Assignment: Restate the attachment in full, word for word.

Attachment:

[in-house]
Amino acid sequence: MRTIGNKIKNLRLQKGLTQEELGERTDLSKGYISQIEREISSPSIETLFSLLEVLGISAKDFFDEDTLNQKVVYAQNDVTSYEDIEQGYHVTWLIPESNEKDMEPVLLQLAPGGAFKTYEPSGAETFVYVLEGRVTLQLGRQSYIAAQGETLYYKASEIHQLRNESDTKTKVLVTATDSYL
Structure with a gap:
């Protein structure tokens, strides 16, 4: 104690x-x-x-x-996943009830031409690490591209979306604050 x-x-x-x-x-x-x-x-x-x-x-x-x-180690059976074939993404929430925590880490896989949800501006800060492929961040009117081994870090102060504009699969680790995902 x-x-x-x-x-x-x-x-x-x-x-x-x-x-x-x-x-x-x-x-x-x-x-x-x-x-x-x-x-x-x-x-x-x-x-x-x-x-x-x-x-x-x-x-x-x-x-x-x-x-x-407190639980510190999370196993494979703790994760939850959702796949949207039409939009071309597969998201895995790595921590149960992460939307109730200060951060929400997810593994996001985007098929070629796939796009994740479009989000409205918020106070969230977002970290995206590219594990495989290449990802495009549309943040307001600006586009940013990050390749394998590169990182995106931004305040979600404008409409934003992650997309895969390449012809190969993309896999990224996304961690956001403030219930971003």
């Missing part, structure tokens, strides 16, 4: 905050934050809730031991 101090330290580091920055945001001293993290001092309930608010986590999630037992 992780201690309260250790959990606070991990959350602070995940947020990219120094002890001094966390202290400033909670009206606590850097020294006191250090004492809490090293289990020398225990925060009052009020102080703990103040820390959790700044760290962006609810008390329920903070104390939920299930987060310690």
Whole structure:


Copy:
[in-house]
Amino acid sequence: MRTIGNKIKNLRLQKGLTQEELGERTDLSKGYISQIEREISSPSIETLFSLLEVLGISAKDFFDEDTLNQKVVYAQNDVTSYEDIEQGYHVTWLIPESNEKDMEPVLLQLAPGGAFKTYEPSGAETFVYVLEGRVTLQLGRQSYIAAQGETLYYKASEIHQLRNESDTKTKVLVTATDSYL
Structure with a gap:
């Protein structure tokens, strides 16, 4: 104690x-x-x-x-996943009830031409690490591209979306604050 x-x-x-x-x-x-x-x-x-x-x-x-x-180690059976074939993404929430925590880490896989949800501006800060492929961040009117081994870090102060504009699969680790995902 x-x-x-x-x-x-x-x-x-x-x-x-x-x-x-x-x-x-x-x-x-x-x-x-x-x-x-x-x-x-x-x-x-x-x-x-x-x-x-x-x-x-x-x-x-x-x-x-x-x-x-407190639980510190999370196993494979703790994760939850959702796949949207039409939009071309597969998201895995790595921590149960992460939307109730200060951060929400997810593994996001985007098929070629796939796009994740479009989000409205918020106070969230977002970290995206590219594990495989290449990802495009549309943040307001600006586009940013990050390749394998590169990182995106931004305040979600404008409409934003992650997309895969390449012809190969993309896999990224996304961690956001403030219930971003």
């Missing part, structure tokens, strides 16, 4: 905050934050809730031991 101090330290580091920055945001001293993290001092309930608010986590999630037992 992780201690309260250790959990606070991990959350602070995940947020990219120094002890001094966390202290400033909670009206606590850097020294006191250090004492809490090293289990020398225990925060009052009020102080703990103040820390959790700044760290962006609810008390329920903070104390939920299930987060310690």
Whole structure: